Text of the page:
Kochi, May 11
THE Government authorities and seafood exporters have stepped up monitoring activities to detect presence of any banned antibiotics in shrimp after Japan has issued an alert.
The Marine Products Export Development Authority (MPEDA) has initiated a programme to draw samples from hatcheries for laboratory testing to ensure that no shrimp consignment contained antibiotics such as Nitrofuran Metabolites.
The MPEDA Chairman, Mr G. Mohan Kumar, said samples collected were being tested on a day-to-day basis after the Japanese authorities detected presence of banned substances in 3-4 containers sent from India.
"There was no rejection of these containers as such and they have only informed us about the detection," Mr Kumar said, refuting reports that Japan rejected 28 containers of shrimp exported from India.
MPEDA has embarked upon an awareness programme to educate farmers about the hazards of using antibiotics in their shrimp farms. "Village level campaigns and workshops are taking place, mostly in Andhra Pradesh," Mr Kumar said.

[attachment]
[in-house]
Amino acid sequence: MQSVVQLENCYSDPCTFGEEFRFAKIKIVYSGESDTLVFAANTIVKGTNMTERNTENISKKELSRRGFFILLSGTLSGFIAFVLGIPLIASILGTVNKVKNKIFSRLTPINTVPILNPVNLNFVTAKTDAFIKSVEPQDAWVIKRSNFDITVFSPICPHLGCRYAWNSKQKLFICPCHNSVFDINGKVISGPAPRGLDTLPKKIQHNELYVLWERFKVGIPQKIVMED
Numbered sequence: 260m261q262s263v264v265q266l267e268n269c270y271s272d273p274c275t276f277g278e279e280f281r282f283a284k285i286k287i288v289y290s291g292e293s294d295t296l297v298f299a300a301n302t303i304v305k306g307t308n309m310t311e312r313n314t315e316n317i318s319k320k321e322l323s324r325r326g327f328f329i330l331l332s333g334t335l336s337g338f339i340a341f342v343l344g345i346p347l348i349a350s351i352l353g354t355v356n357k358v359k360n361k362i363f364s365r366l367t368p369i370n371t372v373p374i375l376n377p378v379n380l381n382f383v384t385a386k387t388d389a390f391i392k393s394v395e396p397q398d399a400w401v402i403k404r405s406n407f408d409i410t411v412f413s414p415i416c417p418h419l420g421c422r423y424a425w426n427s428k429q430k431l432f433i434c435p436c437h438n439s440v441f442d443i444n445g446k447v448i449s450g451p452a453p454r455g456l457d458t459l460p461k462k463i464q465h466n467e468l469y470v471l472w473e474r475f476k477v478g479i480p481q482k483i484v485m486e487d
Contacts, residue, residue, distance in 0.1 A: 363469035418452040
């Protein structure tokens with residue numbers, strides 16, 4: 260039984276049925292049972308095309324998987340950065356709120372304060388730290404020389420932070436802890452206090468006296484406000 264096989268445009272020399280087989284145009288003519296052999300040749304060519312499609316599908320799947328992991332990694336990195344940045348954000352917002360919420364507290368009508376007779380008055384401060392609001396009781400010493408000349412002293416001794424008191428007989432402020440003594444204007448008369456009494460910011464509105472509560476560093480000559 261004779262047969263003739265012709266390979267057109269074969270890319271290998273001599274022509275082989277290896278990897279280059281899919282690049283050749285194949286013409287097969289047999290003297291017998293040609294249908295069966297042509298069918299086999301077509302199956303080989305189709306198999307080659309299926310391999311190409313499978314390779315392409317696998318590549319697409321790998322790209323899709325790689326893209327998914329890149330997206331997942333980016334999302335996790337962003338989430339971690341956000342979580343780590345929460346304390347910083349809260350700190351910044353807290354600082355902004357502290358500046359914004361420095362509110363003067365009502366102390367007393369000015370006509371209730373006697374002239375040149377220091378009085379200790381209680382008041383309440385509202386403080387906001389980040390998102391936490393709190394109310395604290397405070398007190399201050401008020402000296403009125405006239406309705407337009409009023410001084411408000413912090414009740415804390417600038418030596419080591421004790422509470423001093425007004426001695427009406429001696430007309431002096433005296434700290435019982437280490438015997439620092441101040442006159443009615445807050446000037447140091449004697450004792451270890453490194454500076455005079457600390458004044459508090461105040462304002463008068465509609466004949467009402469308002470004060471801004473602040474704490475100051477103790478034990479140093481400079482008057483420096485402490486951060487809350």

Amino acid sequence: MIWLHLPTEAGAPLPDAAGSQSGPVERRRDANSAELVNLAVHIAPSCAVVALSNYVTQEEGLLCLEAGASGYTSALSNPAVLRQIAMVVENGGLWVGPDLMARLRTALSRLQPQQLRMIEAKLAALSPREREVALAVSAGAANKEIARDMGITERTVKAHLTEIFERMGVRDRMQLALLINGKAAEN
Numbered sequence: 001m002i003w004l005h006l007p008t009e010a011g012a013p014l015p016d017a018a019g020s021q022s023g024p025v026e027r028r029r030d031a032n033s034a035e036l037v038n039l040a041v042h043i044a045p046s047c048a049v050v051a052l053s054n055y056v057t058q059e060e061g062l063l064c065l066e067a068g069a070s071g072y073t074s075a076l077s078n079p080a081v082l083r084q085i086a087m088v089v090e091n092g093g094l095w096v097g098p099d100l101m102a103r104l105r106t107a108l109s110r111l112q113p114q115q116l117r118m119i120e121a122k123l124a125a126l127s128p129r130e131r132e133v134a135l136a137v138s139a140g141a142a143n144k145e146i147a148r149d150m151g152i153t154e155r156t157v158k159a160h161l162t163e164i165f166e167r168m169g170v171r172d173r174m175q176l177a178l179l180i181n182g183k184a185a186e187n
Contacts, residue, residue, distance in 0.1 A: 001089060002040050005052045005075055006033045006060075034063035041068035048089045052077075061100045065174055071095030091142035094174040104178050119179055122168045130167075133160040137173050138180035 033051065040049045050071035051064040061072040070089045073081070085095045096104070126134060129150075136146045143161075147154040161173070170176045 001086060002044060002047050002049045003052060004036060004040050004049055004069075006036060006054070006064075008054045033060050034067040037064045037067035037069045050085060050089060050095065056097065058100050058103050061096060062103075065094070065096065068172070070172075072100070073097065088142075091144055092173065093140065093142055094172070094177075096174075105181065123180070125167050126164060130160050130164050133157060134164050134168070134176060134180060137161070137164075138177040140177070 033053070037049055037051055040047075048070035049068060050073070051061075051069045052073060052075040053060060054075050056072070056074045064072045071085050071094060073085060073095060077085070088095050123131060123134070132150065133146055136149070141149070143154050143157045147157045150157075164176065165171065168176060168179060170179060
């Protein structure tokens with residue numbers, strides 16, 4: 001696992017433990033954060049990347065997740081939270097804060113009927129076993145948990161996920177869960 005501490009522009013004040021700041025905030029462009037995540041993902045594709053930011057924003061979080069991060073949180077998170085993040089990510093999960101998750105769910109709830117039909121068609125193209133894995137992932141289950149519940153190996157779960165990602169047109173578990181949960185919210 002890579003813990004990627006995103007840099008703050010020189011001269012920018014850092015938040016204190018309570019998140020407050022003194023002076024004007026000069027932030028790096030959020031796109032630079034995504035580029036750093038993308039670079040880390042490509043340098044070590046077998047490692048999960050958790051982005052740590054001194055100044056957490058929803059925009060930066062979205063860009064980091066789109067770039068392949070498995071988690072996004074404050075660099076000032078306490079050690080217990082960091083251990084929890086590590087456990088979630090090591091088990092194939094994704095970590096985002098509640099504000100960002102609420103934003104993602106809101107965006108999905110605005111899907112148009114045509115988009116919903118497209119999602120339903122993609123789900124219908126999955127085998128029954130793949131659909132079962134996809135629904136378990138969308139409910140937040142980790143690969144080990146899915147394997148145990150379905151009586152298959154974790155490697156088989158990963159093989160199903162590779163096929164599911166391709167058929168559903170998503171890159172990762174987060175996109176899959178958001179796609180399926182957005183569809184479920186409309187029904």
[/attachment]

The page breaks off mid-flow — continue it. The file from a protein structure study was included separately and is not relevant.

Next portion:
He said farmers were expected to be "sufficiently aware" about the implications before the next harvesting season in July this year.
Mud crab seeds developed
The Rajiv Gandhi Centre for Aquaculture, an organisation under the MPEDA, has successfully completed a trial run to culture mud crab seeds for the first time in the country, Mr Kumar said.
This achievement would pave the way for large-scale production of mud crab seeds, he said. Very few countries such as the Philippines, Australia, Vietnam and Indonesia had so far succeeded in the large-scale production of mud crab seeds.
The trial runs were undertaken in the last quarter of 2004 in a mud crab hatchery located at Thirumullaivasal in Nagapattinam district of Tamil Nadu. The technology has been streamlined and a suitable protocol established for production of the seeds in a big way. The development is expected to help bolster exports of mud crab (also known as black crab) from India, Mr Kumar said. In 2004-05, India exported 1,749 tonnes of live crabs valued at $7.8 million.